Electrocuting an Elephant
USA, NR, 1 m, 1903
In the earliest part of the 1900s, Topsy, a female Asian elephant, trumpeted goodbye to the Forepaugh Circus (along with its unbecoming tutus) and hello to Coney Island’s Luna Park, where she served the last few years of her relatively short life as both a zoo attraction and a beast of burden. Unfortunately, her fiery temperament resulted in the deaths of three trainers, including J. Fielding Blunt, a sadistic inebriate who tossed a lit cigarette into her mouth. Pairing that with the six-ton tusker’s subsequent attack on a group of Italian laborers (which some claim was instigated by her final—and most obliging—keeper, “Whitey” Alt, yet another sot), Topsy’s owners came to see her as a big (yep, six tons is big) liability and condemned her to death by hanging. (At first blush, the mechanics of carrying out such a sentence are within sight of in-fucking-conceivable, but three-ring four-striper Charlie Sparks pulled it off circa 1916 when he strung up his ten-thousand-pound pachyderm Mary with a giant industrial crane.) This didn’t sit well with the folks at ASPCA, who saw the proposed punishment as both cruel and unusual. So, after a while of considering other less spectacular ways of serving Topsy her just deserts (flaying, slow slicing, reciting J. Gordon Coogler poems), the powers that be settled on electrocution (the preferred means of putting down undesirable humans since 1890). This, boys and girls, brings us to Thomas Edison, the man behind our little flicker show, Electrocuting an Elephant.
Edison, that most inexhaustible of inventors, was a champion of direct current, where his rival, George Westinghouse, was all about alternating current. In his many attempts to sway the public into backing DC, Edison (whose workforce gave us Old Sparky) would hold demonstrations in which he’d jolt a stray cat with enough AC to take all nine of its lives. (As its corpse lay smoldering, he’d joke to the shaken witnesses that the unfortunate pussy had just been “Westinghoused.”) In the end, Edison would lose the legendary “war of the currents,” but that didn’t put the brakes on his campaign against Westinghouse. In fact, he saw in Topsy’s imminent destruction an opportunity to showcase the dangers of Westinghouse’s alternating current on a scale markedly grander than anything he had attempted before. Okay, I should note here that there is some disagreement amongst historians with regard to what role Edison played in zapping Topsy into the great unknown, but the fact of the matter is that an Edison Company employee, D.P. Sharkee, flipped the switch that ended Topsy’s life, and Edison himself was on hand to record it.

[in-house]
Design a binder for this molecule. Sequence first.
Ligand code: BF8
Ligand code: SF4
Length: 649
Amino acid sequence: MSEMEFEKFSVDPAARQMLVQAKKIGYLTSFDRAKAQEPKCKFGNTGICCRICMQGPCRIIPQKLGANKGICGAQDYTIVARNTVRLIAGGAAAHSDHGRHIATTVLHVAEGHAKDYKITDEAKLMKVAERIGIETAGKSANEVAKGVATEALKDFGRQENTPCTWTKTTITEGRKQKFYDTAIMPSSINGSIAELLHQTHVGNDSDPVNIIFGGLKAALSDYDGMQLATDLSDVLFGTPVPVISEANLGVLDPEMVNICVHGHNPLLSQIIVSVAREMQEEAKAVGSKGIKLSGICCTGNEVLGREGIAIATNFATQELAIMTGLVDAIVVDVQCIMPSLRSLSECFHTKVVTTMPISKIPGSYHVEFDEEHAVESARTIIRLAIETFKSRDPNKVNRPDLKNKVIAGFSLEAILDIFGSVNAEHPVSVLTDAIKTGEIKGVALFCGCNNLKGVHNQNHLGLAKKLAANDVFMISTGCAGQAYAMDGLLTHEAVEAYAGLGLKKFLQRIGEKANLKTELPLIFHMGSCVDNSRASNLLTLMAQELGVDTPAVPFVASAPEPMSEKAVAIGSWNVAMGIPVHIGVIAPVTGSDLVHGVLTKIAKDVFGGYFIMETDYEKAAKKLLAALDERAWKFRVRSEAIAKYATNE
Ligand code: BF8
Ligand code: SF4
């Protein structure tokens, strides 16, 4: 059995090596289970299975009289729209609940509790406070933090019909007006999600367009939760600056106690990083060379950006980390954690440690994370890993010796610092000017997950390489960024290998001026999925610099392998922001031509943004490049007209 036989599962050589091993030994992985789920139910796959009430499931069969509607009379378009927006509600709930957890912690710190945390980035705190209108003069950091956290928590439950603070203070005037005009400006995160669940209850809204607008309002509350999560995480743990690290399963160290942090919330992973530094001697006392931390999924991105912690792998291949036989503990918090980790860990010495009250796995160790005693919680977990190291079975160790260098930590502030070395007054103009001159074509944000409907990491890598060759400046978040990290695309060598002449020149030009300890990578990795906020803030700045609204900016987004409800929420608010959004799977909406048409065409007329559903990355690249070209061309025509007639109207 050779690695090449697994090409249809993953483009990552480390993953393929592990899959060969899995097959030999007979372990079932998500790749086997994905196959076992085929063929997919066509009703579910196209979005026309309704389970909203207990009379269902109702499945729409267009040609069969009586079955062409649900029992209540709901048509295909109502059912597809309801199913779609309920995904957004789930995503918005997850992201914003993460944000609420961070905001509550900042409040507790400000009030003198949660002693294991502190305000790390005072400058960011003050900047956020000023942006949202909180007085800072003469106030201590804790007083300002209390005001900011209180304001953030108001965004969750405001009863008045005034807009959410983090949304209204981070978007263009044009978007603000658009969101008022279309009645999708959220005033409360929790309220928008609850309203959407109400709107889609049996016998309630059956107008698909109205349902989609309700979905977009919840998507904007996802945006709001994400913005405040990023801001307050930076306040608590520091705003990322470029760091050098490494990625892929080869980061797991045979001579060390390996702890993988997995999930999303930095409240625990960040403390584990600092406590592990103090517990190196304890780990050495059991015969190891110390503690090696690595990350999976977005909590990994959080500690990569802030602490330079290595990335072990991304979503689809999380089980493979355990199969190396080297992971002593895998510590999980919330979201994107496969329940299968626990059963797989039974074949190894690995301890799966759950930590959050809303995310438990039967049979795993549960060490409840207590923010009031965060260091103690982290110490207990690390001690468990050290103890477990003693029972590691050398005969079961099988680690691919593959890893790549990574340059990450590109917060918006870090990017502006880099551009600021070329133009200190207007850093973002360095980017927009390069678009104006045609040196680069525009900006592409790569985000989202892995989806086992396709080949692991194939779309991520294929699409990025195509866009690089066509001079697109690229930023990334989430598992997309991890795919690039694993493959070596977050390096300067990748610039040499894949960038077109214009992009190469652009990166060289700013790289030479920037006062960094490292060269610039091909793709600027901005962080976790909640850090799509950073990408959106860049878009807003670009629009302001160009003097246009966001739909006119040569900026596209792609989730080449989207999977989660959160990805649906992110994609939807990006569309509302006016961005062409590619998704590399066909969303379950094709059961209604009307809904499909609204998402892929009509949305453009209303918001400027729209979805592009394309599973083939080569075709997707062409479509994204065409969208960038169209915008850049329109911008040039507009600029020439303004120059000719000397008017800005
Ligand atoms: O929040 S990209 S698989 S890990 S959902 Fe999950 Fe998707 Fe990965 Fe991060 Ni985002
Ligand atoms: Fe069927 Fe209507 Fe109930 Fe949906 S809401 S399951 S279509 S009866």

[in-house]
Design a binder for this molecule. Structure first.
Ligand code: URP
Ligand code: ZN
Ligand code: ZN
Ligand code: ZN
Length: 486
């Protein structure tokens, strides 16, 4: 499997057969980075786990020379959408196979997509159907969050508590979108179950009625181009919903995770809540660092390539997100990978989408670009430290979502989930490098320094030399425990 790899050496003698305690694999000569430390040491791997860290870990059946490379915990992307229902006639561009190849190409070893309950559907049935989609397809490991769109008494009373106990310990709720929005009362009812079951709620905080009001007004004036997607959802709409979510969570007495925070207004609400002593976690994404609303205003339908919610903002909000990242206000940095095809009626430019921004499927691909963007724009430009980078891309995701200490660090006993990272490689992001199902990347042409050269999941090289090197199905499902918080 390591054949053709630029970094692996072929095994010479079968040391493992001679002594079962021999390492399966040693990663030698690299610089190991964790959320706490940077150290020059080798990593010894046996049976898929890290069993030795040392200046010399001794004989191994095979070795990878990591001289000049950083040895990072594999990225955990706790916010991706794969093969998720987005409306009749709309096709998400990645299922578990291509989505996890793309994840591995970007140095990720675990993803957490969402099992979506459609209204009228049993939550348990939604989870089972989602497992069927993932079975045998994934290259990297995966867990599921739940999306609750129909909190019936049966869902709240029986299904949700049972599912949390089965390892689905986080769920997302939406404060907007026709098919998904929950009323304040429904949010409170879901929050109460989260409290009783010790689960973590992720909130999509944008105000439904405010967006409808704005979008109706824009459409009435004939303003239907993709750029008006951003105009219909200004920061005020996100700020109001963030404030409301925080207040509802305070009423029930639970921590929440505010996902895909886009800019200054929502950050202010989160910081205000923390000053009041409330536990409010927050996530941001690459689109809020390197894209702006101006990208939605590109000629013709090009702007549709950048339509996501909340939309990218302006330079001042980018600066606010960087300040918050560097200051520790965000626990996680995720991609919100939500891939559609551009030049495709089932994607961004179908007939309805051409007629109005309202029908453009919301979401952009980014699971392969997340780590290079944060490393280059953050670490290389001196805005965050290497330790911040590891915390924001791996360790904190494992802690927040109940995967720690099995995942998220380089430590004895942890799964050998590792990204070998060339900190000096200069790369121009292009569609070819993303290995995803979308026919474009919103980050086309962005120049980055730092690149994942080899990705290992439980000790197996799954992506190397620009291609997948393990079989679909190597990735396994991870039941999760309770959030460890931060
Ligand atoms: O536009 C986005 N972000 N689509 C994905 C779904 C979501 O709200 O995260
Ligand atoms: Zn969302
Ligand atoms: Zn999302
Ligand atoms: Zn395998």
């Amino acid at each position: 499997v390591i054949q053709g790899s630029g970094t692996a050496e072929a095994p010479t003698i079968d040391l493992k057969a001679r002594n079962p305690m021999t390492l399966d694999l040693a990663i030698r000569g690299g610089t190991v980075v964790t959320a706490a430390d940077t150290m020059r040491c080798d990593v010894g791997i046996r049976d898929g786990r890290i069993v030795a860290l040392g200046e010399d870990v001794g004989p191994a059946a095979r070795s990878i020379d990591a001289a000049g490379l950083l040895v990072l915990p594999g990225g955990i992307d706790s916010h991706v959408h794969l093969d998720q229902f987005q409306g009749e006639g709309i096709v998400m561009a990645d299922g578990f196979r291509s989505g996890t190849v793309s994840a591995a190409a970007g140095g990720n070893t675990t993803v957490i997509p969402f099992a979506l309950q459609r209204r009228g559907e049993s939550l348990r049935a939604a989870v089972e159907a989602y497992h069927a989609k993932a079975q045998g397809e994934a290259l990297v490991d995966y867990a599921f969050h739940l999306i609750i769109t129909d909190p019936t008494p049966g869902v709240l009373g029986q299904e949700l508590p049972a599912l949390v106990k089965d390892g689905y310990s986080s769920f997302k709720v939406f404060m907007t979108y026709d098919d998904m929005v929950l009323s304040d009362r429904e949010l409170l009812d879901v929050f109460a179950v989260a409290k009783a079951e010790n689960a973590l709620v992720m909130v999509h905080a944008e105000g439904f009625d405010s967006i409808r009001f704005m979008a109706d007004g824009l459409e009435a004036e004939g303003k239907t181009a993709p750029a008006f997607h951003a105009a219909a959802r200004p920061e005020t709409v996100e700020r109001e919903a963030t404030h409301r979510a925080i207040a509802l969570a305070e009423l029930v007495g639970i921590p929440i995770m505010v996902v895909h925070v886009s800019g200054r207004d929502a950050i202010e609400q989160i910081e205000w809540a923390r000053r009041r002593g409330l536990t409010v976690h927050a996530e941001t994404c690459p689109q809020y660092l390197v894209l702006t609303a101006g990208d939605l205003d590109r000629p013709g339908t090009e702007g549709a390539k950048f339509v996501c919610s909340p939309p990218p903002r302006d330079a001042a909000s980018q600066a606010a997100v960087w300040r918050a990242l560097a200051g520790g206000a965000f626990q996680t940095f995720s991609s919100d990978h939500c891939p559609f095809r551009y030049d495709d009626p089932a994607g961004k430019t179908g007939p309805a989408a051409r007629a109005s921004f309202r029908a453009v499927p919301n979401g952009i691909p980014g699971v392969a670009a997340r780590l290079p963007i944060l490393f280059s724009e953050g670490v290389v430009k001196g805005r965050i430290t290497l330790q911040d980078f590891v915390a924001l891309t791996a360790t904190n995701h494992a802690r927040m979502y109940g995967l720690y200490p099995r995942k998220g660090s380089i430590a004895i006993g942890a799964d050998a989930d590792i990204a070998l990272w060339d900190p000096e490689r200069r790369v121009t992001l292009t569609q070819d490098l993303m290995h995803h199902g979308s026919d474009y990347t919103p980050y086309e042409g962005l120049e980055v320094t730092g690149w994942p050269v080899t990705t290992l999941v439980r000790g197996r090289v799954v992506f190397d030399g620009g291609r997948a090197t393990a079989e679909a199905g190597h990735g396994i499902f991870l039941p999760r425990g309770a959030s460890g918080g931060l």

which runs under a minute, is crude and undemanding—a minor piece of animal
snuff. (I think something on the order of The Wizard of Menlo Park vs. the
Man-Killer of Luna Park would’ve made for a more imaginative and less
off-putting title.) The clip (which has deteriorated some over time) is sure to
frustrate the Faces of Death crowd; it’s surprisingly tame. (There are
scenes in Dumbo that are far more objectionable.) Honestly, all we
can make out is Topsy getting swallowed up by the smoke from the
six-hundred-volt charge to her body and then keeling over. (As a precautionary
measure, Topsy’s killers fed her some cyanide-laced carrots only moments
before, which, according to one of the local rags, “she devoured greedily.”)
I’m not about to subject my readers to some mushy moralization here (it’s
best to leave that touchy-feely crap to the softheads at Think Progress),
but I do hope that those who are still broken up over Topsy’s demise can take
some comfort in knowing that she didn’t depart this life without leaving
something (other than this movie) behind: her oversized trotters were made into
umbrella stands. I sooo can’t wait for one of those things to pop up on
July 22, 2012
© Copyright 2012 by Edward Larsen Terkelsen. All rights reserved.